Biodiversity is one of the Earth’s greatest treasures that spellbound biologists for centuries. It is widely agreed that biodiversity is essential to increase appreciation for the value of biodiversity, since the ecosystems services, through biodiversity, play a fundamental tile in maintaining and enhancing the well being of the world, it is well-known that human health, wealth, security and culture are affected by any changes in the ecosystem. Still, additional research is required to understand the relationship between the ecosystem and biodiversity.
Microorganisms can exist even in the most inhospitable habitats with extreme conditions. Despite their size, these unicellular organisms have a huge impact on different aspects of human life such as health, industry and agriculture. Furthermore, microorganisms play a vital role in biogeochemical cycling and ecosystem functioning; therefore, understanding their role in the environment will provide us with knowledge that can be applied towards preserving and sustaining our natural ecosystems.
Halobacterium – Native Flora of the Dead Sea
For the majority of mankind's history and from the anthropocentric view, the Dead Sea has been considered the model of an absolutely lifeless body of water. However, this concept was proven inaccurate with the discovery of halophylic Archaea, the native flora of the Dead Sea. An example of a well-adapted and widely distributed halophylic microorganism is Halobacterium sp [HS].HS exhibits a highly acidic cytoplasm saturated with potassium Chloride, with potassium acting as antifreeze to keep the cell metabolism functioning. With HS being able to withstand very high levels of salinity, they can be used to engineer a new type of crops.
HS serves as an excellent model system for the study of archaeal genetics. Halophiles have recently been targeted for their potential use in environmental and biotechnological applications. With few exceptions, little is known about the applications of extremophiles that can be a great source of novel commercial applications. Before HS proteins application becomes widespread, many key features of HS genes regulation need to be identified.
Promises and Challenges
The Dead Sea presents an interesting challenge to the biologists in term of the microbial ecology and understanding the biological processes. Microbes that live in the Dead Sea serve as an excellent example of the development of several unique biochemical and molecular mechanisms to adjusting to a hostile environment. Since little is known on the contribution of the different genera and species of halophilic Archaea to the community in the Dead Sea, it will be of a great significance if further holistic studies will be conducted to solve the major puzzle of the microbial population dynamics and explore the possible connection between HS to the other different communities of the Dead Sea.
Toxic organic compounds frequently contaminate industrially produced highly saline environment, therefore microorganisms that are able to degrade organic compounds under high saline conditions would be valuable for their ability to “clean” out these environments. Based on the fact that Haloarchaea possesses some degree of organic degrading capacity. Dong-Jin Ha et al suggest the usage of HS as a biological treatment tool for highly saline industrial waste effluents that contaminate the environment. Their study evaluated the usage of HS in order to degrade the IPA (isopropyl alcohol) that is used in a number of industries, including pharmaceuticals, textile production, and cosmetics. Their results indicate that the GAPDH isolated from HS may be valuable in industries involving IPA processing.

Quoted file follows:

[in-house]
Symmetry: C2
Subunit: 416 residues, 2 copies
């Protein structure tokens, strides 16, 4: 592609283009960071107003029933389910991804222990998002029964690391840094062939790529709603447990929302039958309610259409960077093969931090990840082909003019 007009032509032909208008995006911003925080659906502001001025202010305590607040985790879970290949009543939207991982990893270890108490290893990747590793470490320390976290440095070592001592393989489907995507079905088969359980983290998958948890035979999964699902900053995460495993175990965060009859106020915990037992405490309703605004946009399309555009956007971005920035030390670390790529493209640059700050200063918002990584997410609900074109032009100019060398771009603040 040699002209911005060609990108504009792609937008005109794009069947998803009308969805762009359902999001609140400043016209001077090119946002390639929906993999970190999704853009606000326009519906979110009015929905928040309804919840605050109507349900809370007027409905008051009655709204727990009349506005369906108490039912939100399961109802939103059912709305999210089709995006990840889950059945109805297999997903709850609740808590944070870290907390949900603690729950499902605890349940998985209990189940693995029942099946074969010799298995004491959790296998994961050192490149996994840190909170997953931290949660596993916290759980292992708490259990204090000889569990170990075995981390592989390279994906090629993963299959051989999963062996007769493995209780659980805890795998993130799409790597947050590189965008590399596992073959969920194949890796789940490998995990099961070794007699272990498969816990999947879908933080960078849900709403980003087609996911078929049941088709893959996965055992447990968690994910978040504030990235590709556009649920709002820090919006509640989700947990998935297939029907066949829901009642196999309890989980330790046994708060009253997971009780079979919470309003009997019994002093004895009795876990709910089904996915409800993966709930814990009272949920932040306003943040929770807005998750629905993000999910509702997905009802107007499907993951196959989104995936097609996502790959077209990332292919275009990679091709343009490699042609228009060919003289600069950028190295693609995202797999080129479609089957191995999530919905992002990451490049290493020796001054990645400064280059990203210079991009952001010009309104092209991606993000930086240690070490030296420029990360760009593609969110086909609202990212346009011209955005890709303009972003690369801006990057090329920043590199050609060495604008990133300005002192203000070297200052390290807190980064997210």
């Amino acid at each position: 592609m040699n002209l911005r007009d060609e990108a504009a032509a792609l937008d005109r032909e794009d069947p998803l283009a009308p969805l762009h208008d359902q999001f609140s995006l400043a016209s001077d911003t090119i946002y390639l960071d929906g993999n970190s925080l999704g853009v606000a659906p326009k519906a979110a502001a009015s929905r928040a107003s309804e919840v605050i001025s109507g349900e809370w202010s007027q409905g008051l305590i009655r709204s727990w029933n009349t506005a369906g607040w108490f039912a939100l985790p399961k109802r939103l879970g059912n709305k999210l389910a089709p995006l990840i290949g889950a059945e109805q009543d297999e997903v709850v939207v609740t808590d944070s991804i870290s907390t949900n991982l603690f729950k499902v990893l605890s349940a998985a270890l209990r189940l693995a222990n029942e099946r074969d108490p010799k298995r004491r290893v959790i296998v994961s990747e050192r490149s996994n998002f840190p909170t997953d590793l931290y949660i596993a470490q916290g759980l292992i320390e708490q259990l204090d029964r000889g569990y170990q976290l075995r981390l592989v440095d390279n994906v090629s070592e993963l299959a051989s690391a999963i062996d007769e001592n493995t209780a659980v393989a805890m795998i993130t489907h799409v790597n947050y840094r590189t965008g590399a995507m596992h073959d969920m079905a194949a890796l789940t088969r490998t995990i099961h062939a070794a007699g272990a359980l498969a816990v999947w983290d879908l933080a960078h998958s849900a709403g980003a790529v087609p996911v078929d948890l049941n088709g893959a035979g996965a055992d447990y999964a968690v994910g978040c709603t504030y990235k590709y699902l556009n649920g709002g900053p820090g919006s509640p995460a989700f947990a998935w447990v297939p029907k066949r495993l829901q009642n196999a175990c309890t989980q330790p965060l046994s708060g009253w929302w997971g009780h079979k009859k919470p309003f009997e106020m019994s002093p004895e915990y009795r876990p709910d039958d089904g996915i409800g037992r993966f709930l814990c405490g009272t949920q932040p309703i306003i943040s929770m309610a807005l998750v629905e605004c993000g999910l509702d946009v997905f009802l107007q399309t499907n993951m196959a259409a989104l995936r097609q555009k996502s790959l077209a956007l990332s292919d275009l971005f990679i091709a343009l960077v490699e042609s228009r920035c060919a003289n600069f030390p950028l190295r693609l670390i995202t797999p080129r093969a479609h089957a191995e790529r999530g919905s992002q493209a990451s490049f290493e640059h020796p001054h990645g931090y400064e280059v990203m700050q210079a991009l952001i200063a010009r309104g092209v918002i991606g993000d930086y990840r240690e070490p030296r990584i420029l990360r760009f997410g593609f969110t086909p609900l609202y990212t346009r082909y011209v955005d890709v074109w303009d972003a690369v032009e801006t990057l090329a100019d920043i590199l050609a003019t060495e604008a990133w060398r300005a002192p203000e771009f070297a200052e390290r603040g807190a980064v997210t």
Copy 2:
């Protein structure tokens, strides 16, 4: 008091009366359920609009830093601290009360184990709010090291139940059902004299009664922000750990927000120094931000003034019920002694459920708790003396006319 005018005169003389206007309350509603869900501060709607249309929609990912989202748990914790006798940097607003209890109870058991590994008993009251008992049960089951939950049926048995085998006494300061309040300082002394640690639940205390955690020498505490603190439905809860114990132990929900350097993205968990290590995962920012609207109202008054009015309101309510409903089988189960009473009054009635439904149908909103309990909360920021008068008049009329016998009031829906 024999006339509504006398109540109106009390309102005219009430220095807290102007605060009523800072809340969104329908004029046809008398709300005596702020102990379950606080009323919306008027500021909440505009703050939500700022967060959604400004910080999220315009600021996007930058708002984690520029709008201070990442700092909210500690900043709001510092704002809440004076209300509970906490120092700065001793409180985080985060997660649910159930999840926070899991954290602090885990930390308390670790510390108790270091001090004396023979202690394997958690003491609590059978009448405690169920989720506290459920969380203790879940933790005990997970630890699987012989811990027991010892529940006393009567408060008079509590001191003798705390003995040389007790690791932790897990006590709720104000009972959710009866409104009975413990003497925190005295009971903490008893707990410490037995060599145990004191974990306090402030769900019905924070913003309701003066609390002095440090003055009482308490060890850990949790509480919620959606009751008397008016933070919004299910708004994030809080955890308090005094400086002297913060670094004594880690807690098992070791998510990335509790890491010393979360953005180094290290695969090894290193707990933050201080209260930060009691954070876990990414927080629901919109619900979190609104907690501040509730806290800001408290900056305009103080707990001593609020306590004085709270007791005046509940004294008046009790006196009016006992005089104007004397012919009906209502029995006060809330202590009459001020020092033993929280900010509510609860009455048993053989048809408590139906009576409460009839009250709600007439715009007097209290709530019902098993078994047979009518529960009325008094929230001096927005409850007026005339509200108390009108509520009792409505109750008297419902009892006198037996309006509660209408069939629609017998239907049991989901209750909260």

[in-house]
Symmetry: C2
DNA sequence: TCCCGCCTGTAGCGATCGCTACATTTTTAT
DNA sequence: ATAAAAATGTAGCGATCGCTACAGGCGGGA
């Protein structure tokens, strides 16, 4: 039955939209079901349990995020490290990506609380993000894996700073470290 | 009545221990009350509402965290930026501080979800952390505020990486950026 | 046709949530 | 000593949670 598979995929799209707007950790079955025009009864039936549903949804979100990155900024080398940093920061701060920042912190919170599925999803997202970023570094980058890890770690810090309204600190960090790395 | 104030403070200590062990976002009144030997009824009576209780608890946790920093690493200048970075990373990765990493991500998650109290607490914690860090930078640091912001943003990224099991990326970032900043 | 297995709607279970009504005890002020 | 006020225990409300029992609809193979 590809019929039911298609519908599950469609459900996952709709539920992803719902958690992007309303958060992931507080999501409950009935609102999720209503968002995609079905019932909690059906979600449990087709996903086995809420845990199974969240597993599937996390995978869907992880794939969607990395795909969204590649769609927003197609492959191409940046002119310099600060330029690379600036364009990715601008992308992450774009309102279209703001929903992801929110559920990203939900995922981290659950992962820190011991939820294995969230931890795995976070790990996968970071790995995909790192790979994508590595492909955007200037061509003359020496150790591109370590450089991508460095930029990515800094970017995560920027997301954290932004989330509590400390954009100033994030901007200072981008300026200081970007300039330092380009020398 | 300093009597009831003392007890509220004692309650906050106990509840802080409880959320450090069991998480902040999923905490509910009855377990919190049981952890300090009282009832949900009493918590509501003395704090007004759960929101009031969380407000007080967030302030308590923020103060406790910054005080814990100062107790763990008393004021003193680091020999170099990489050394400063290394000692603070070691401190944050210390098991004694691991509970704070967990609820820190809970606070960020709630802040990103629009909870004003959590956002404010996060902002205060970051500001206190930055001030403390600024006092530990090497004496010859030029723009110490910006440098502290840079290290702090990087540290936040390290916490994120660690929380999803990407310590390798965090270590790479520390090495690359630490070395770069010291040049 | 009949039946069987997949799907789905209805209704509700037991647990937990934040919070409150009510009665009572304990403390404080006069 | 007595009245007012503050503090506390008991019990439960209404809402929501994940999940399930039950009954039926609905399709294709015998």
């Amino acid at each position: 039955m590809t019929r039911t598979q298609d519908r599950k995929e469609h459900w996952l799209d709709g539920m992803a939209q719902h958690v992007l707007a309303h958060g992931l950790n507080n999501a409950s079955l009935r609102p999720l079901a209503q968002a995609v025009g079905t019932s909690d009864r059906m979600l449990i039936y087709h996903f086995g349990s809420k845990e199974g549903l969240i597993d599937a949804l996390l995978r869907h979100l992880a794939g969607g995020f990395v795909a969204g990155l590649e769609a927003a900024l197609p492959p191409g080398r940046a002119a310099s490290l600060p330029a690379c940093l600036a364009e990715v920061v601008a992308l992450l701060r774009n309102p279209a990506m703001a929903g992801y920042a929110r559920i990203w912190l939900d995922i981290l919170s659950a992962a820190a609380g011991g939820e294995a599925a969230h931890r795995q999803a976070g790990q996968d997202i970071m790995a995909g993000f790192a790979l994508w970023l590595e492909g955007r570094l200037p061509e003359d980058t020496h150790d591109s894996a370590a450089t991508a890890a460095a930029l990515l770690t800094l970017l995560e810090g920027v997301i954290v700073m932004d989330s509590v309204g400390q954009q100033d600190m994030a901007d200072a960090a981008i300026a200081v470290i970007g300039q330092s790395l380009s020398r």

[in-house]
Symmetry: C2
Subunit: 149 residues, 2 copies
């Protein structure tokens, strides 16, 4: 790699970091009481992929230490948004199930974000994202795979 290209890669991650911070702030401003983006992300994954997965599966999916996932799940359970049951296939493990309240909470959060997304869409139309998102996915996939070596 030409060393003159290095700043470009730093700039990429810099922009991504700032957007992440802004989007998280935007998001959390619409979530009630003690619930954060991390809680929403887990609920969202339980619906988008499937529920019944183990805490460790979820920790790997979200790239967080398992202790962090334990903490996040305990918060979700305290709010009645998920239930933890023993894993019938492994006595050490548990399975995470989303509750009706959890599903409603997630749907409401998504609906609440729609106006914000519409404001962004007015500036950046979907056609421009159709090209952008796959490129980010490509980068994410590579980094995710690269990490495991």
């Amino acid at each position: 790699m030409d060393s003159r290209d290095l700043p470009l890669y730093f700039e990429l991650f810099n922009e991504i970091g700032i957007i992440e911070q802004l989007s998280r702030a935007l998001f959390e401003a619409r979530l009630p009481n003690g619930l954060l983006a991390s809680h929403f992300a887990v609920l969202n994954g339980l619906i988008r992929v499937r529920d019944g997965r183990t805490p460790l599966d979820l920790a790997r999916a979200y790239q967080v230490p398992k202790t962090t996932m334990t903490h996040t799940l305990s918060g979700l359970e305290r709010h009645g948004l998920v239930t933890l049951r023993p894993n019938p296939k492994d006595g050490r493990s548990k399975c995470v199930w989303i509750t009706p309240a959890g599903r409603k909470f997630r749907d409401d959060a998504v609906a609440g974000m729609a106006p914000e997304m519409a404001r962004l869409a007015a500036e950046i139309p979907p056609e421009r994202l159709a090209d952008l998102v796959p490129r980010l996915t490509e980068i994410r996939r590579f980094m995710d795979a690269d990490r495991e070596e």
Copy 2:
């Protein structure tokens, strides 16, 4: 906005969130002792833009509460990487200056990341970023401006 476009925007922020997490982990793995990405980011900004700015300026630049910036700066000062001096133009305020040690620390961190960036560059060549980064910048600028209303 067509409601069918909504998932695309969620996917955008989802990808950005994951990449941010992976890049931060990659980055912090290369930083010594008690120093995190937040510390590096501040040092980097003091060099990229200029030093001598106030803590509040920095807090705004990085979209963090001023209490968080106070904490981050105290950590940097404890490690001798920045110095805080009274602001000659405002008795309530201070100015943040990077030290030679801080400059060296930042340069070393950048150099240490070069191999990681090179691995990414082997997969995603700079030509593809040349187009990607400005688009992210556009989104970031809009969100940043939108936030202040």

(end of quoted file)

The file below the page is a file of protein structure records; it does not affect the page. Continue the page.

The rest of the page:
Furthermore, by blending the genes of Halophiles with crop genes, scientists will be able to engineer new crops that are able to grow in soils with higher than average salinity. This will allow, to some extent, the use of water with above average salinity to water the crops.
Further studies aiming to explore HS operon regulation and gene expression will generate new horizons for their application. There is a great advantage of understanding the molecular mechanisms of the HS regulatory systems, since it will make manipulating many proteins production an easy mission creating a new generation of novel and unknown value based products, as well as environmental and other possible utilities.
To conclude, the Dead Sea and its surrounding environment have been extremely degraded due to unsustainable anthropogenic activities. The significant strong ethical, cultural, environmental and economic benefits from conservation of the Dead Sea make it essential that the current economic practices taking place at the Dead Sea Basin be reconsidered.
About the Authors
Nura A. Abboud is an environmental activist and Founder of the Jordanian Society for Microbial Biodiversity (JMB), the only NGO in the Middle East concerning the microbial biodiversity. Nura specializes in molecular biology, biological sciences, microbial biodiversity, genetic fingerprinting and medical technologies. Her vision is to establish an eco-research center in the astonishing desert south of Jordan. She has received several scholarships and awards including honorary doctorate in Environmental leadership.
Amir Dakkak is in his third year at the University of Edinburgh majoring in Environmental Sciences. His main passion is water scarcity and water sustainability in the MENA region. He runs the blog Water Source that addresses water problems and sustainability. Amir has worked with Emirates Environmental Group on various environmental issues including water scarcity.
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